Why We Should Be Cautious Of Mind-altering Drugs

Could A Buzz To The Brain Destroy Your DepressionIn a new statement released by the American Academy of Neurology, a number of doctors have warned about the ethical and medical implications of prescribing attention-boosting and mood-altering drugs and chemicals to healthy kids and teens.

The statement focused on stimulants typically used to treat attention deficit hyperactivity disorder, or ADHD. Researchers have said the number of diagnoses and prescriptions have risen dramatically over the past two decades.

It was emphasised by the authors that young people with the disorder definitely benefit from treatment but the medicines are increasingly being used by healthy young people who believe they will enhance their concentration and performance in school. This is a worrying trend that could make it very dangerous.

According to the National Institute on Drug Abuse, 1.7 percent of children in the eighth grade and 7.6 percent of children in the 12th grade have used the popular stimulant Adderall for non-medical reasons. Some of those misused medicines are known to be bought on the street or from peers with prescriptions; others may be obtained legally from doctors.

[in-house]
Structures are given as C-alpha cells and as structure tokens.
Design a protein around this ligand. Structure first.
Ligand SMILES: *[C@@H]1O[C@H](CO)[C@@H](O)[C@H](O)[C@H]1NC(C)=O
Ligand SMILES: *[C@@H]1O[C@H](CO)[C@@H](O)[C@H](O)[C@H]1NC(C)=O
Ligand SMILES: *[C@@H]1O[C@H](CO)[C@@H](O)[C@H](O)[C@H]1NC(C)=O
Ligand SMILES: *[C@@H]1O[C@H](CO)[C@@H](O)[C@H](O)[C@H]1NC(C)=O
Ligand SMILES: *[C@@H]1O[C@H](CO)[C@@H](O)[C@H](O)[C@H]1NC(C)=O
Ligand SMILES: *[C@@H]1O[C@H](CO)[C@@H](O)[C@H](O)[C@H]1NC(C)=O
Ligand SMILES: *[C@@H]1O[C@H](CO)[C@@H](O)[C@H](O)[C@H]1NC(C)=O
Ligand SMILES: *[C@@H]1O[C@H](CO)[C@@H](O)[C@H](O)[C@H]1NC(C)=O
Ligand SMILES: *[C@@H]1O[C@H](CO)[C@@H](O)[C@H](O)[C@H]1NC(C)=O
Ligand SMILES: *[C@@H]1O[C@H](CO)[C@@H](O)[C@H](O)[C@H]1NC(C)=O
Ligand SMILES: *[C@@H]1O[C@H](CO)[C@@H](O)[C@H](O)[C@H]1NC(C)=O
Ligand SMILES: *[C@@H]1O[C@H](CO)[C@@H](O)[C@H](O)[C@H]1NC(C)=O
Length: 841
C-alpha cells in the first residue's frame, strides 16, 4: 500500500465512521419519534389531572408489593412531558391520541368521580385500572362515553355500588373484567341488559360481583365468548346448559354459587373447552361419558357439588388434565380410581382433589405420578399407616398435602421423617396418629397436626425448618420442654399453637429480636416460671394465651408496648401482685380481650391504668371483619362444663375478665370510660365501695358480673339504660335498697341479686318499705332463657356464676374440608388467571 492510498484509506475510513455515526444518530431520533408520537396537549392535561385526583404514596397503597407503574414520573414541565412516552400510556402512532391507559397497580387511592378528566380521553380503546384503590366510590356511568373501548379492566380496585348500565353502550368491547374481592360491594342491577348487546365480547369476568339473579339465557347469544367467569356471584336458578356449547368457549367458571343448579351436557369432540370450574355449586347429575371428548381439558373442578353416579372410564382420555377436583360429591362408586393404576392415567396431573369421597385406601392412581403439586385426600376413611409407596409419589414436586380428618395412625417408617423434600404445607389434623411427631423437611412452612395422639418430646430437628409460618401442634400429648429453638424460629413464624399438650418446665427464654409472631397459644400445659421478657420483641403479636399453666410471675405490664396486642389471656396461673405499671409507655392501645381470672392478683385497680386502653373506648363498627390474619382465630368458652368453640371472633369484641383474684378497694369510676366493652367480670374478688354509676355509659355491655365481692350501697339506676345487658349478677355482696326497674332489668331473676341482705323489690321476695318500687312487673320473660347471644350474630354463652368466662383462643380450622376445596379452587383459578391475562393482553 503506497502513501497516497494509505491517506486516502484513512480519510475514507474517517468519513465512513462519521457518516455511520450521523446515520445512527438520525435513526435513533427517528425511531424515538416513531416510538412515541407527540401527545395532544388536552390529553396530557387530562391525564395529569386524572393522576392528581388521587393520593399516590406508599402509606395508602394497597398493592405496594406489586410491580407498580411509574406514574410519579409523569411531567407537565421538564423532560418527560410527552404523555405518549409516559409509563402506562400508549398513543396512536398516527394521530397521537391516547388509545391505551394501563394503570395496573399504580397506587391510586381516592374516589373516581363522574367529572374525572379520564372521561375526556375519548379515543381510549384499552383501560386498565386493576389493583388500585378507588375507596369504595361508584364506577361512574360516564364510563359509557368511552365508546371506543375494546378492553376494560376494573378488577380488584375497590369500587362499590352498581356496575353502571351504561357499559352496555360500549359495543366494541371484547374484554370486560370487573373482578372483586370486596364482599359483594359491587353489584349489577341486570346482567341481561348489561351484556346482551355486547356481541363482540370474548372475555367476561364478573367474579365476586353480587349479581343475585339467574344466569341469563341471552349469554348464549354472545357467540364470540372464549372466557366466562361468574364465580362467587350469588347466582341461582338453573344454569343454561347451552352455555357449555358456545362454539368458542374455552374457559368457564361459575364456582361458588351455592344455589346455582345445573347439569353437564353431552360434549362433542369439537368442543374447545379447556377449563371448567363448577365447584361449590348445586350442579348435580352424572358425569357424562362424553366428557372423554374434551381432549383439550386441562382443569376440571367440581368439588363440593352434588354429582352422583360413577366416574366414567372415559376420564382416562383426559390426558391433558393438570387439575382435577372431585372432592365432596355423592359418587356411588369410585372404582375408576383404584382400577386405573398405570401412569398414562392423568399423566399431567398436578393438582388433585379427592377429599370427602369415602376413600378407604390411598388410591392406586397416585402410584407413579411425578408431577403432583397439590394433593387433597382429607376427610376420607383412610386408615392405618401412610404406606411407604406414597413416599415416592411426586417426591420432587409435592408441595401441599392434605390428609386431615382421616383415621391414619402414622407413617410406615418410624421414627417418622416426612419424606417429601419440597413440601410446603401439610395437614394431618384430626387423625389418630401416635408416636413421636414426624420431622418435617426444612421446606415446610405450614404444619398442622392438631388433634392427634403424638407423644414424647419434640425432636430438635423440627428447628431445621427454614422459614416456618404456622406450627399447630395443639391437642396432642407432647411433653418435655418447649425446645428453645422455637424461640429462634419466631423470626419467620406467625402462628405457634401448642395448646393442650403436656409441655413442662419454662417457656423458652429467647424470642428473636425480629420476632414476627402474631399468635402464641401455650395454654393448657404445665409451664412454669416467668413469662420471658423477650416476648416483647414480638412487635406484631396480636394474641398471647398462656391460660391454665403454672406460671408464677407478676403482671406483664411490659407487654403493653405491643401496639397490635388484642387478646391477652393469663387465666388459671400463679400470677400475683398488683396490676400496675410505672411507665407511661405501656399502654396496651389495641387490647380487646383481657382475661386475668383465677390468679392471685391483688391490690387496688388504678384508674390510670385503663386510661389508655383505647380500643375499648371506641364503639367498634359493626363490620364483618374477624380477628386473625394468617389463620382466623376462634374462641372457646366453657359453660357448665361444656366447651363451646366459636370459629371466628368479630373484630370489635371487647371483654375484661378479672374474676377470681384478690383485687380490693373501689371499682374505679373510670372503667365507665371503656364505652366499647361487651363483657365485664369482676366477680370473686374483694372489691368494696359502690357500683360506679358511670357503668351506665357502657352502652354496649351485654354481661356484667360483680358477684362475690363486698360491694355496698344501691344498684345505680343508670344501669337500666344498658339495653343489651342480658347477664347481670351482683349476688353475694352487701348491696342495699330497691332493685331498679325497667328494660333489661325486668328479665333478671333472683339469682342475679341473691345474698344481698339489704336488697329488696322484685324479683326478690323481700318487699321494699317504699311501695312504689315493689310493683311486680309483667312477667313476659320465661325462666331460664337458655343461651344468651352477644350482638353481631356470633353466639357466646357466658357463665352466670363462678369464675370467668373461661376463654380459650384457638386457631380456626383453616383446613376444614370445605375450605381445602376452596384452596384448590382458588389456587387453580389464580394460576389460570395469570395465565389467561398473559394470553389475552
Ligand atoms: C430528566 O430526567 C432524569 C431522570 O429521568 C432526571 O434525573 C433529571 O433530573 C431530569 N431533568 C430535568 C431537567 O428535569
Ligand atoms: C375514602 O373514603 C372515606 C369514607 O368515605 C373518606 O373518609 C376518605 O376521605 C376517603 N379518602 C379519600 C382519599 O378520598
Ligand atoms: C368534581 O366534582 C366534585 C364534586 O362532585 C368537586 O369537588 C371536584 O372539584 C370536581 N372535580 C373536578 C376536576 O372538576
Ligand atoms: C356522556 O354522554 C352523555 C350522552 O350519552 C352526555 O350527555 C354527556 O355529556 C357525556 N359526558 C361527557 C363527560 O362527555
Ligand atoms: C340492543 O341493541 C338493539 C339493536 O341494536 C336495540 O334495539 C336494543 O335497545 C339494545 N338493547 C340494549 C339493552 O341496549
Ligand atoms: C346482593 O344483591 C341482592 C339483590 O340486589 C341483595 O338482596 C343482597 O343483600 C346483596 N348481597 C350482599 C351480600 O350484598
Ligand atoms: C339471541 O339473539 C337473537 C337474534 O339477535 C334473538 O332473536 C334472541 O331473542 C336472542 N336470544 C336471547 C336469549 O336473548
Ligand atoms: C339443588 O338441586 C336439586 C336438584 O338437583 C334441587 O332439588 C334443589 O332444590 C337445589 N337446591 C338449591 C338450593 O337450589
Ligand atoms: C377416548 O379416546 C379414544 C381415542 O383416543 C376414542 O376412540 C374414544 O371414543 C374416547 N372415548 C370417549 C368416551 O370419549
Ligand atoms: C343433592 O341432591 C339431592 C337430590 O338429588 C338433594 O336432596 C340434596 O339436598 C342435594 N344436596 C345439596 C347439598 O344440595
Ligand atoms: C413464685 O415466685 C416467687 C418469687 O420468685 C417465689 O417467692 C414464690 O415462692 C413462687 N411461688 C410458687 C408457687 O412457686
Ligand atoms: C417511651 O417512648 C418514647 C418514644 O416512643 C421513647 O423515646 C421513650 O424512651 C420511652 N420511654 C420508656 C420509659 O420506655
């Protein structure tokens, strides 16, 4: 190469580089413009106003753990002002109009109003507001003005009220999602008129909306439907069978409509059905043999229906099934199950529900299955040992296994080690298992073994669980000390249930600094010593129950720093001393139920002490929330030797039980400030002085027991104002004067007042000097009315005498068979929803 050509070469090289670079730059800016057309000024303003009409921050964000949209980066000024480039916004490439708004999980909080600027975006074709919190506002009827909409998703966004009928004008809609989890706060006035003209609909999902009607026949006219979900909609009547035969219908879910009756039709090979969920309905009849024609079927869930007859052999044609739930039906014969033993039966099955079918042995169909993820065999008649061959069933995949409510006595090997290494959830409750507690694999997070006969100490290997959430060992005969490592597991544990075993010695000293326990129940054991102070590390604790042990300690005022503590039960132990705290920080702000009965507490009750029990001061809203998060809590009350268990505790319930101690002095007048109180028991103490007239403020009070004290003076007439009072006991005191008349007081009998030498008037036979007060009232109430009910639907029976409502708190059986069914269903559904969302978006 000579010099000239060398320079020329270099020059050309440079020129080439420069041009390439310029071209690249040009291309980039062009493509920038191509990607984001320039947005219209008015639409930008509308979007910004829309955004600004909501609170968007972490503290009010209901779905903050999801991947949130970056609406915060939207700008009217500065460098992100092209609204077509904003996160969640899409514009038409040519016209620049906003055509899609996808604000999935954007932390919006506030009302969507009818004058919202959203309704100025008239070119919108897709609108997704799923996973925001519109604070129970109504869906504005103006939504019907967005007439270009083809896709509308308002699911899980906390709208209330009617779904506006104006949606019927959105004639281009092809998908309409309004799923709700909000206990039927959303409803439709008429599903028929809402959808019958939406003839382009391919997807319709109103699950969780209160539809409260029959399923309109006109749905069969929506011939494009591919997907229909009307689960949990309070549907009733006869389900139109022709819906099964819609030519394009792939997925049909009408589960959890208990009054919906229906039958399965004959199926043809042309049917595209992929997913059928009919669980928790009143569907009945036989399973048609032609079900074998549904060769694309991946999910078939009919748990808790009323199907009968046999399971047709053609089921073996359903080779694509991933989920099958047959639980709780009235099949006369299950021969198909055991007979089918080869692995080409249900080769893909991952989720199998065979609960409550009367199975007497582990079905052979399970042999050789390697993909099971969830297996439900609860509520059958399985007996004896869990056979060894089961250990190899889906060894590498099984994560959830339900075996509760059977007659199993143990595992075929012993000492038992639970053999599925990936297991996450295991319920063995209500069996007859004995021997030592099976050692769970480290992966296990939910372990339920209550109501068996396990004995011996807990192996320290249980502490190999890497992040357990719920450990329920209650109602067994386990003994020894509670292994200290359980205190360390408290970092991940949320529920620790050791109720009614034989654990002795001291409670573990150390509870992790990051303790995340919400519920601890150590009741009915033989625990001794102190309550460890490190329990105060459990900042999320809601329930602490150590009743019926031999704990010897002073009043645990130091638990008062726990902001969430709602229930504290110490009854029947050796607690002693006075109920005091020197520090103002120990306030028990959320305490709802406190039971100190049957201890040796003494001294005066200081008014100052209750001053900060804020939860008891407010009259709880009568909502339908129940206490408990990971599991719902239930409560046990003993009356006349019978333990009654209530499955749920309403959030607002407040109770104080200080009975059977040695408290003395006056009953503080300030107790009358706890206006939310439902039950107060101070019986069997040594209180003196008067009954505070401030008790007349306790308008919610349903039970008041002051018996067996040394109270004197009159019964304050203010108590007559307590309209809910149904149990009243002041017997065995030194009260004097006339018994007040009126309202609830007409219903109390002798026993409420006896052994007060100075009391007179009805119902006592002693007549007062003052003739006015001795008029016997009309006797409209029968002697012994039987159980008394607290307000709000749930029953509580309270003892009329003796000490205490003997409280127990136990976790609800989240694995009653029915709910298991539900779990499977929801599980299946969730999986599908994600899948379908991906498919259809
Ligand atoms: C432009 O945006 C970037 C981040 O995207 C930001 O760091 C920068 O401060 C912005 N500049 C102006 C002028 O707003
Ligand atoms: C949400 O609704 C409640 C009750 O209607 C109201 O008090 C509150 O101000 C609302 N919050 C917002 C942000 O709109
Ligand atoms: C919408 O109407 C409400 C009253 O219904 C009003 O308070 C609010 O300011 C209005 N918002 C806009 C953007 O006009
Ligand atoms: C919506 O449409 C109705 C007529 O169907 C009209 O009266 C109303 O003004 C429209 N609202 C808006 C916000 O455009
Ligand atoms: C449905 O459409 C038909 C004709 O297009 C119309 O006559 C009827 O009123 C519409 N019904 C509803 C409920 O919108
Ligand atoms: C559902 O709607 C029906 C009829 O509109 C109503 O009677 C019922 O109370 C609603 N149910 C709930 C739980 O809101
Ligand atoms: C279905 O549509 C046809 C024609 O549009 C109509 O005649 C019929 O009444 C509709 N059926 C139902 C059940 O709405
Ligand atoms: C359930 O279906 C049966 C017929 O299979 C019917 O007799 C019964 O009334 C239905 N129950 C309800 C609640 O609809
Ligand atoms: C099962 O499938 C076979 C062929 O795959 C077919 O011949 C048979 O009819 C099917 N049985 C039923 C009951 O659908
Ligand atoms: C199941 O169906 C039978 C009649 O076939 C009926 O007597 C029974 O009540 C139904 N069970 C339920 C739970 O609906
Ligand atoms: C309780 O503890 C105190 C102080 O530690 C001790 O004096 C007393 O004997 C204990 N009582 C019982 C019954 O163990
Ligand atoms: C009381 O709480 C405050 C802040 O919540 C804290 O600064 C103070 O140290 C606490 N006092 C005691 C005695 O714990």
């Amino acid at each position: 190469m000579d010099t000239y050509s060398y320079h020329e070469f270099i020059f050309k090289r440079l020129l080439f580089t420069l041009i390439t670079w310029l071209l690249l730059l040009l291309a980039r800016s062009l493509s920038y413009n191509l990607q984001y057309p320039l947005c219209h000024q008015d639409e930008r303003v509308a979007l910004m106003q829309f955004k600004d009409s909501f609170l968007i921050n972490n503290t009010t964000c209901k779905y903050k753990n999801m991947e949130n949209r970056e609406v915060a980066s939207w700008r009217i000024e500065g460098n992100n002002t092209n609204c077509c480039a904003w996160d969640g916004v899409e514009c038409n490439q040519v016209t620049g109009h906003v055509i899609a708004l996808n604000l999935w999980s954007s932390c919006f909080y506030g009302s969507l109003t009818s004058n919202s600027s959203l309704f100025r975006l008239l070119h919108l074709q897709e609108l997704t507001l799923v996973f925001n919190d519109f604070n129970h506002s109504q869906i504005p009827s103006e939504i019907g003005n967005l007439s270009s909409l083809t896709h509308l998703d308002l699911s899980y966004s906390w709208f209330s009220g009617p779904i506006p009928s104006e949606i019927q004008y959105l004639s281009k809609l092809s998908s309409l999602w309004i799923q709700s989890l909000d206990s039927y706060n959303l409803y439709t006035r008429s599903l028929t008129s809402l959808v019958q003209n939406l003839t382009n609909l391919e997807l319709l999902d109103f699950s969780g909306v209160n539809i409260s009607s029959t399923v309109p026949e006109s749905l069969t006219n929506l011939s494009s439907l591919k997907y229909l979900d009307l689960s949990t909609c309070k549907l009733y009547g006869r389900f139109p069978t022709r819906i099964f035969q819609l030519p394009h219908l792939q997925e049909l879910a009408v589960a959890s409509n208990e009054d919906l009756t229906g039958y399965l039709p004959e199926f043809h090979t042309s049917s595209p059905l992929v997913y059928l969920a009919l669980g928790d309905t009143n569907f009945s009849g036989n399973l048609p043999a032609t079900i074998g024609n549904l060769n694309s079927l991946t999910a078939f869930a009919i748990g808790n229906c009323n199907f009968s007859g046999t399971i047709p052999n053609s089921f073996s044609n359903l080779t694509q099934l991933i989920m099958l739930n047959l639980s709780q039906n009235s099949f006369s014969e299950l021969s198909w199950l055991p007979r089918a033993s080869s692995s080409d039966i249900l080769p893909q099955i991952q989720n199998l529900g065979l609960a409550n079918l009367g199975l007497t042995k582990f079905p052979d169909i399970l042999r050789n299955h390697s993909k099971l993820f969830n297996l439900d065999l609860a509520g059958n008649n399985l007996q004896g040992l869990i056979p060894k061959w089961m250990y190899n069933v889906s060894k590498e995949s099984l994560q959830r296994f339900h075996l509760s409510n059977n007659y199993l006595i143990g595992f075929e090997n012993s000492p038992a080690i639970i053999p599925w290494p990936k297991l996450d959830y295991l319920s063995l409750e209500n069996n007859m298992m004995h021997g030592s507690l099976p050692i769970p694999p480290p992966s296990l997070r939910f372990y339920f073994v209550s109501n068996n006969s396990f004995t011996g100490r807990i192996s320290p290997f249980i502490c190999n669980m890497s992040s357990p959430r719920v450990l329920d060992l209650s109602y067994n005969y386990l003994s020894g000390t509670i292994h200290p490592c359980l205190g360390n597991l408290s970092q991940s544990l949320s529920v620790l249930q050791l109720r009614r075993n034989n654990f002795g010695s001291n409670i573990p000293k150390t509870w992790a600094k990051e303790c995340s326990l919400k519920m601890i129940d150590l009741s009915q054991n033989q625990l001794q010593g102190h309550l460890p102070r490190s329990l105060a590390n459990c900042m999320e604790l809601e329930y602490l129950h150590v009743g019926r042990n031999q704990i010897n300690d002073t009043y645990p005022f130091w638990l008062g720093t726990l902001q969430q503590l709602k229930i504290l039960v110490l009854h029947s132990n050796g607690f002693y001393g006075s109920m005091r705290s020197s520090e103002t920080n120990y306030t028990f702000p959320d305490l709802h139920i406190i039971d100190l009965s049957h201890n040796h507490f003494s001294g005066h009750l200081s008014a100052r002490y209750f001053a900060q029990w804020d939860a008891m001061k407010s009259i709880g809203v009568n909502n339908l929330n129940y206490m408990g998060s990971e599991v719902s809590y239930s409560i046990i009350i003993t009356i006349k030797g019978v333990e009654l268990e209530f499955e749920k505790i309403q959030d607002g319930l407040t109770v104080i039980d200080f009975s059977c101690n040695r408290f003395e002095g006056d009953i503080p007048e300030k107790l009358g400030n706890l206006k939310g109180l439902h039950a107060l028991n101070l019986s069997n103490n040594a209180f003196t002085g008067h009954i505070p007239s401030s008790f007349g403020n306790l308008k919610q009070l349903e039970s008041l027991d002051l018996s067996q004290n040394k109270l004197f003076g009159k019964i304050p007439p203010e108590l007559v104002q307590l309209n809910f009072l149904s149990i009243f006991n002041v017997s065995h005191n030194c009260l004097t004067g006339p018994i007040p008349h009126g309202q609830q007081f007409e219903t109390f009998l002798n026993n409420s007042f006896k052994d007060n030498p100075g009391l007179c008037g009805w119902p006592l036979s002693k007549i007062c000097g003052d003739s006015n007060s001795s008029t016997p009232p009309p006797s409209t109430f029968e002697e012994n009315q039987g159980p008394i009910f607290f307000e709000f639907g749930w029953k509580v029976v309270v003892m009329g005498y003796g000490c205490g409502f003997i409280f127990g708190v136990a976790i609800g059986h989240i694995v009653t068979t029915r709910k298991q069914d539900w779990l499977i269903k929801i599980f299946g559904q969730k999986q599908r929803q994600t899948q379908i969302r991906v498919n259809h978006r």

In the statement, which was published in the journal Neurology, the authors advise that doctors should not give prescriptions to teens who ask for medication to enhance their concentration levels against their parents’ advice.

It’s a simple fact that prescribing mind-altering drugs for healthy children cannot be justified either medically or ethically. Also, the issue regarding children buying the drugs from sources where they don’t need prescriptions needs to be looked at as well. It clearly shows that there needs to be more control over who is getting these drugs, and that parents who find their children are taking them without prescription should look into the matter more seriously.

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